To Crosshatch or Not – on a Hand-Printed Drypoint
In the previous post, lots of cross hatching was scribed into a small sheet of clear plastic from a produce container. That Drypoint was inked, wiped and hand printed with a baren, and via the stomp print method.
The results, even after a flock of adjustments, were not very satisfying. Hand rubbing damp printmaking paper on a tiny plate with a thousand inked lines incised in the surface is a challenge. The resulting print was too light, and details were blurred or lost.
But as you know, we learn more from failing than we do with quick success. So we stay with it, and keep trying new things. Right?
If at First You Don’t Succeed…
This printmaking example is meant to encourage you to make a Drypoint from recycled plastic, at home, without a press. I dearly want you to give it a try, but I also want to encourage you to build your design with simple lines.
Think of your drypoint print like a frame from a comic strip, or a vintage book illustration. Dark, lean lines around areas that are open for color afterwards. Avoid cross hatching details or shading your image.
To make my point visual, I’ve got a duplicate plate in this post, from the same produce container as the last post. It’s the same size, and drawn from the same reference photo.
Try and Try Again
After multiple failed attempts to transfer the previous, shaded version of this Drypoint portrait, the very first print transferred quickly, without any trouble.
I think part of what will make this easier when you make one, is that the line work can be felt through the paper with the spoon.
When the whole plate is covered with textures, your spoon has to press evenly over the entire surface to get a complete transfer. With the line version, you can feel your way to the important parts, and drive your spoon directly over each line, like you’re tracing the image.
Success After Failure Keeps You in the Game
I transferred this print more successfully, with less movement of the damp paper, in half the time it took to rub the shaded version of the Drypoint. I think this is the best approach to try as a beginner attempting to hand transfer a Drypoint print.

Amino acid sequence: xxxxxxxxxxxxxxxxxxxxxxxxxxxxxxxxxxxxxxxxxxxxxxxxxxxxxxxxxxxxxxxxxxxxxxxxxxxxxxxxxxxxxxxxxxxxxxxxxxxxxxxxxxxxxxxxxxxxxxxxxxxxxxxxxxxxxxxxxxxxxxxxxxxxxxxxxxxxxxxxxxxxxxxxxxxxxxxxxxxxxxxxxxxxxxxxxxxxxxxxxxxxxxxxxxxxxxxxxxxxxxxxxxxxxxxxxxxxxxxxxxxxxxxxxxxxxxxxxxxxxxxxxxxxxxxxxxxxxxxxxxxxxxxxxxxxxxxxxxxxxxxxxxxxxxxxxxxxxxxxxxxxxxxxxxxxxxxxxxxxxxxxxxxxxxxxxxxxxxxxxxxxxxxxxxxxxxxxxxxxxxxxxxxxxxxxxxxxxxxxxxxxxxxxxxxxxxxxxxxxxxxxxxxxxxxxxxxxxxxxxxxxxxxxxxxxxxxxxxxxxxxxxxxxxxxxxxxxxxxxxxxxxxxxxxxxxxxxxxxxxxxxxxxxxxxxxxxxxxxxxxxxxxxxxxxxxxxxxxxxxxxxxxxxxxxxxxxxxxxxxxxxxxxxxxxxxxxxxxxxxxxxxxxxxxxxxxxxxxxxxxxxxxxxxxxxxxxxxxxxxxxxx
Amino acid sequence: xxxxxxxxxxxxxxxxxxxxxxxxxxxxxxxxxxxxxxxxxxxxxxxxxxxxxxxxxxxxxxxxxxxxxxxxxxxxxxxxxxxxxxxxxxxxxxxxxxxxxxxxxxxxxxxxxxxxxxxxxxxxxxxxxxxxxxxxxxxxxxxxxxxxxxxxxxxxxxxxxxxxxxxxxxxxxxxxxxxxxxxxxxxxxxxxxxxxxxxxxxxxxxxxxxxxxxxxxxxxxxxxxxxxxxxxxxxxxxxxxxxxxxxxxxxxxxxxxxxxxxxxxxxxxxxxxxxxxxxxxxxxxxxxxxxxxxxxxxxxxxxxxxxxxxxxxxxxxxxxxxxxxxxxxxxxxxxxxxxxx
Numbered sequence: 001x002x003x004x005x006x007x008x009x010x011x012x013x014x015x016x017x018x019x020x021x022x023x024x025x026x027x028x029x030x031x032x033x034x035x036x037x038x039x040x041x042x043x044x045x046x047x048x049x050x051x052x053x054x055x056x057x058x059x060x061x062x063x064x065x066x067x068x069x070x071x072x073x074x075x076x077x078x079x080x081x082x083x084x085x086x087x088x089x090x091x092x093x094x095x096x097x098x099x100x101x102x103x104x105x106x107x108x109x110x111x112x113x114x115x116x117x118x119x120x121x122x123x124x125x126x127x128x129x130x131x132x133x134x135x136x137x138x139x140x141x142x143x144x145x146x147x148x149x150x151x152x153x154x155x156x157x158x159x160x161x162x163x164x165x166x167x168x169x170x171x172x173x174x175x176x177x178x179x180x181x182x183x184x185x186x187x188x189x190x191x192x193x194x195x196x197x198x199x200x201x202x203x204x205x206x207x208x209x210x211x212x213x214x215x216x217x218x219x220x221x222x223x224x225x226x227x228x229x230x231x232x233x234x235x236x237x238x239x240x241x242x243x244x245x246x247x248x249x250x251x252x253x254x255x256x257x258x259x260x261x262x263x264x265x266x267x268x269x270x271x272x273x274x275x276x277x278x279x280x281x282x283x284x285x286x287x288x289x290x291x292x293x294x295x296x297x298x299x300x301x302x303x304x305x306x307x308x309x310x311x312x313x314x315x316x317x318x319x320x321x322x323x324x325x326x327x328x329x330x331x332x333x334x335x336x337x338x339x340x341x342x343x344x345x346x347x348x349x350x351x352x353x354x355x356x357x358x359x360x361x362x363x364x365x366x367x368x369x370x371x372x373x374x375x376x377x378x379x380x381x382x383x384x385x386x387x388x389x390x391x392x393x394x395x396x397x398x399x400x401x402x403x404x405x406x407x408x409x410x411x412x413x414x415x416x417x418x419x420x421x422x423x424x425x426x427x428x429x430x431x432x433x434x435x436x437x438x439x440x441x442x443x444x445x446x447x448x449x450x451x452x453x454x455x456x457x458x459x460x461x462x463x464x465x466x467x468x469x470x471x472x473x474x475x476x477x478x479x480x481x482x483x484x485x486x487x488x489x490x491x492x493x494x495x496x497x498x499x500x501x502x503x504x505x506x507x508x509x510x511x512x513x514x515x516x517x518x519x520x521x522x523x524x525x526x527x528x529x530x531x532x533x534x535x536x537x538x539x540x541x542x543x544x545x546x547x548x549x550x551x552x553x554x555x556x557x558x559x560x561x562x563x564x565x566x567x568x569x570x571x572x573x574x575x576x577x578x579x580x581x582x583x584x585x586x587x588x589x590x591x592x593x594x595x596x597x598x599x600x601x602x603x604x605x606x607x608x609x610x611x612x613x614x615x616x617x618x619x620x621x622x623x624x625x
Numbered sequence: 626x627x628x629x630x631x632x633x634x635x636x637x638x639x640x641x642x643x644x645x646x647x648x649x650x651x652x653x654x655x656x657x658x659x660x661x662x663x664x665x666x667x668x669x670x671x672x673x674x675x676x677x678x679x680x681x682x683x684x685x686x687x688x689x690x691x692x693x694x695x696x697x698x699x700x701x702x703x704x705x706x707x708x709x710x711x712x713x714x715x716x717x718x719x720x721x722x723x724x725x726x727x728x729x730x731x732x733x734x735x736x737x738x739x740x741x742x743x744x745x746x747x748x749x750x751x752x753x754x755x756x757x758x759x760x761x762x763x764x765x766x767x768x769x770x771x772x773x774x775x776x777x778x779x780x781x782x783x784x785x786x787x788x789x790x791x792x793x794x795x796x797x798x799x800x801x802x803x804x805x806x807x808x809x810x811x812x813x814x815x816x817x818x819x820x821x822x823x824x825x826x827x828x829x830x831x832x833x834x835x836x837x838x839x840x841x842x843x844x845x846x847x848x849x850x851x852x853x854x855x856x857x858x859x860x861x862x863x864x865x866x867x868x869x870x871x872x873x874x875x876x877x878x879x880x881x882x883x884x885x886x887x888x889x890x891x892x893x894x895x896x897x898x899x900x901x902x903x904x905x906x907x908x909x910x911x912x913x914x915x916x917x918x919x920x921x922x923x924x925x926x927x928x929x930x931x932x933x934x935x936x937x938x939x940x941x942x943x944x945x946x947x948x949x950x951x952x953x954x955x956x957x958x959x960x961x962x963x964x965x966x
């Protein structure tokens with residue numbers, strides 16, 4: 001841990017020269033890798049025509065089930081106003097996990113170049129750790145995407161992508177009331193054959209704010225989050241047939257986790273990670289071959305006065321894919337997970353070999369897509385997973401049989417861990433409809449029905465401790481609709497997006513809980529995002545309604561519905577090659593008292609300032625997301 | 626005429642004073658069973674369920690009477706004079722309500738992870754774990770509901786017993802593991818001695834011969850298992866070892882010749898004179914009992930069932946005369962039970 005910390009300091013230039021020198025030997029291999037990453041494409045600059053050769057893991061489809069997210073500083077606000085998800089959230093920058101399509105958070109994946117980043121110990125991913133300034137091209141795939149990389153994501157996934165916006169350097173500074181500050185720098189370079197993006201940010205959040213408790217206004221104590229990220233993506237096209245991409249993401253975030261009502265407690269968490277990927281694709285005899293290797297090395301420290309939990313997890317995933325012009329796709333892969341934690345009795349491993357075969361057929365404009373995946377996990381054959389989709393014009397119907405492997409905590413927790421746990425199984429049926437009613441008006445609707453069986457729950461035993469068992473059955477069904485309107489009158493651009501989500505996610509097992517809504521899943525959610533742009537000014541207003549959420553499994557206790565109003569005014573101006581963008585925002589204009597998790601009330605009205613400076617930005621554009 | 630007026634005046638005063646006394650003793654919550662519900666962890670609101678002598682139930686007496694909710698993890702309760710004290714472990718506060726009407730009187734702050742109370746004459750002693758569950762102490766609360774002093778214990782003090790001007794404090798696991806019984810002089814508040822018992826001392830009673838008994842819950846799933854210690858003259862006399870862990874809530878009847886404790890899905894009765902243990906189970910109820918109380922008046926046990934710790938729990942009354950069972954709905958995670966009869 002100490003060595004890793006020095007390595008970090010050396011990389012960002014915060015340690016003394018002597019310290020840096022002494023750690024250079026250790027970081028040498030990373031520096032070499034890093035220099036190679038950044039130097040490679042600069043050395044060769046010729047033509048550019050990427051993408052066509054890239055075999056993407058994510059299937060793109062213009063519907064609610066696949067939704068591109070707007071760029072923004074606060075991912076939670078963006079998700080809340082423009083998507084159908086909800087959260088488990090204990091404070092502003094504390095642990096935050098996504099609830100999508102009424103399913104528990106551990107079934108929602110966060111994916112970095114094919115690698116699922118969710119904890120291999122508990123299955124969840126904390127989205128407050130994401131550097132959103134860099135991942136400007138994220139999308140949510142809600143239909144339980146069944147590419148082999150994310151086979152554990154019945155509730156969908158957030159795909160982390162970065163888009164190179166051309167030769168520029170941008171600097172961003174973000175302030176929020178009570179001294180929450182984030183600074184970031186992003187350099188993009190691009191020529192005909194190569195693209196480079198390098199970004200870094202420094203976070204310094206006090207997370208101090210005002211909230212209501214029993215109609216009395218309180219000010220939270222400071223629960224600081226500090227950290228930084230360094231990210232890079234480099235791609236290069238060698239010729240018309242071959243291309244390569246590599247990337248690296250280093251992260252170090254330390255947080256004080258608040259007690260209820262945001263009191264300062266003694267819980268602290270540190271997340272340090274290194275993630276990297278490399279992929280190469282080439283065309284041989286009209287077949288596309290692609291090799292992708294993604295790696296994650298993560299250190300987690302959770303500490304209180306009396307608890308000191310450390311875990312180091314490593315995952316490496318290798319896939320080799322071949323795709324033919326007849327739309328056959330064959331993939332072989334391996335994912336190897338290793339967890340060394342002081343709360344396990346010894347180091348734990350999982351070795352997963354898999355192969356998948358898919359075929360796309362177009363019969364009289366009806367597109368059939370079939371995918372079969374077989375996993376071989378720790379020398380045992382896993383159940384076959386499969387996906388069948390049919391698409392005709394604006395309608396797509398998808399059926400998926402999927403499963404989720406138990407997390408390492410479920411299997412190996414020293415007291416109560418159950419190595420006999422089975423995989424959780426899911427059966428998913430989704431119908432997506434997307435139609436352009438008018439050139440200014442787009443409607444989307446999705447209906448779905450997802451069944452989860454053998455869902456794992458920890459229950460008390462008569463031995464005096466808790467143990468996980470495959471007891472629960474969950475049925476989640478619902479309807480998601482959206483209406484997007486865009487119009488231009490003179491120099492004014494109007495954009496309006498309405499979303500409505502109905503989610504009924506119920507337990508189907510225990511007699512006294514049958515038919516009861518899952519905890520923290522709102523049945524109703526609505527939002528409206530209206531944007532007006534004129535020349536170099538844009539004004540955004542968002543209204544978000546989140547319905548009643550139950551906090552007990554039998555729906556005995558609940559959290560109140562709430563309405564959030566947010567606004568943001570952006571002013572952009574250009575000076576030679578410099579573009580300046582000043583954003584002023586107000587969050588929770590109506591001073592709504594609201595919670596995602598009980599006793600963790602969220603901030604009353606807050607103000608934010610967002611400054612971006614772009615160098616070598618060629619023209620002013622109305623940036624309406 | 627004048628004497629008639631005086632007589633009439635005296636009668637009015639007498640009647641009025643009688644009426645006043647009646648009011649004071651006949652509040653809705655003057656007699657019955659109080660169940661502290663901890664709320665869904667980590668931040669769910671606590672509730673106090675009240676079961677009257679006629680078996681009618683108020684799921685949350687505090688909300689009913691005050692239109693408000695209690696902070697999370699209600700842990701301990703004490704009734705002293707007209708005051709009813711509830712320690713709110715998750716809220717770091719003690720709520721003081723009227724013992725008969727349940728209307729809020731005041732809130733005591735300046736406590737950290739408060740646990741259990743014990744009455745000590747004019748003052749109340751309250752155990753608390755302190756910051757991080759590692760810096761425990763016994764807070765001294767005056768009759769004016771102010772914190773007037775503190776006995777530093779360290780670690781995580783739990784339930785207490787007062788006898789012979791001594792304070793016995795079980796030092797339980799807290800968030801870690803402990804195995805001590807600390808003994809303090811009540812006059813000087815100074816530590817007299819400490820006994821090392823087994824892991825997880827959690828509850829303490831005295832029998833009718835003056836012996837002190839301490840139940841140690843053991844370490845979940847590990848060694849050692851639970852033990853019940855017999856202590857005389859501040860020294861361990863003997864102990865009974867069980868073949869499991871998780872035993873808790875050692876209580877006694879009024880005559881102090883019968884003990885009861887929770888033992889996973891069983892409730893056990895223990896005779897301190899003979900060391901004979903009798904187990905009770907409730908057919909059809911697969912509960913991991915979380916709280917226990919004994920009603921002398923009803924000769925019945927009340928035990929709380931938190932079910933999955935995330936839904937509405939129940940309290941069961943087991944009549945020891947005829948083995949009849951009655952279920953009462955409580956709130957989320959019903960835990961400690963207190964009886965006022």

If you’re an experienced printmaker reading this, please weigh in, and leave a comment on your experience with hand transfer of intaglio style printmaking. Every tip and trick will help other folks aiming for success with this fabulous, drawn-line style of printmaking.
Hand Coloring your Drypoint
Let your paper and ink dry completely before you start adding other media. I live in a damp, coastal environment, but my little drypoint was dry the next day.
The speed of drying will be affected by your choice of ink and paper, as well as the atmosphere of your environment.
If you plan to use Akua intaglio or Caligo Safewash etching inks, remember that they dry via absorption. Paper manufactured with external and internal sizing (card stock, watercolor paper, etc.) will prohibit the ink from sinking into the cotton pulp quickly, so be prepared to wait awhile till it dries.
The Drypoint from the Previous Post, on the Press
After my failed attempts to print the cross hatched and shaded version of this drypoint by hand (see the previous post on that), I tried printing it on my press.
The plastic from the produce container is very thin, so I cut a matching piece of mat board to slide under the plate. This acts like a shim, and raises the surface of the plate just a smidge above the press bed. This way, the cylinder on the press doesn’t have to be cranked down so tightly, causing all the pressure to be distributed across the width of the bed itself.
Even with the shim, and one pass of enormous pressure on the etching press, the drypoint didn’t print with lights and darks where I wanted them. Part of the issue, I believe, is that I needed to add more cross hatching on the hair and face. That is the beauty of an artist’s proof. You wouldn’t know what needs more ink-holding textures till you run a proof through the press.
Know Your Art Supplies by Testing Them
I didn’t continue scribing the drypoint figure, but I did print her on three different papers (see above).
Each Drypoint was on soaked and blotted paper – Speedball, Zerkall and BFK Rives. One of each to see the difference in the transfer of tones and values. I used the same ink on each print – Cranfield Caligo Safewash etching ink in Blue Black (<–you can get that on Amazon). It’s one of my favorite drypoint inks.
If you test your art papers, mark the brand and weight on the back of each sheet in pencil. You can abbreviate, as long as you understand your own code. 🙂
In the photo of the print, plate and spoon above, there’s a tiny inscription on the lower right corner: BFK. That’s BFK Rives paper.
Without labeling my printmaking paper, drawing paper and watercolor paper, I’d have no idea what I was working on. Especially after its torn or cut to smaller sizes. They all get mixed up in folders and on the shelves in my studio. So do yourself a favor, and mark all of your papers.
And be sure to make a drypoint soon. 🙂
Thanks for stopping by today, and I’ll see you in the next post!
P.S. Don’t forget to peruse my Etsy Shop if you’ve got watercolor or printmaking on your gift list. 20% off everything, framed and unframed, with free domestic shipping till Wednesday, Dec 2.
It was not until the 1500s that books originally in Japanese began to be printed [via woodblock prints]. Black and white illustrations were a part of these early texts, to which color was added by hand. Eventually, colored prints developed around 1765 as printing techniques improved. The first colored prints in Japan were original works of art, which soon led to the publishing of the popular, single-sheet ukiyo-e.The Evolution of Ukiyo-e and Woodblock Prints, The Khan Academy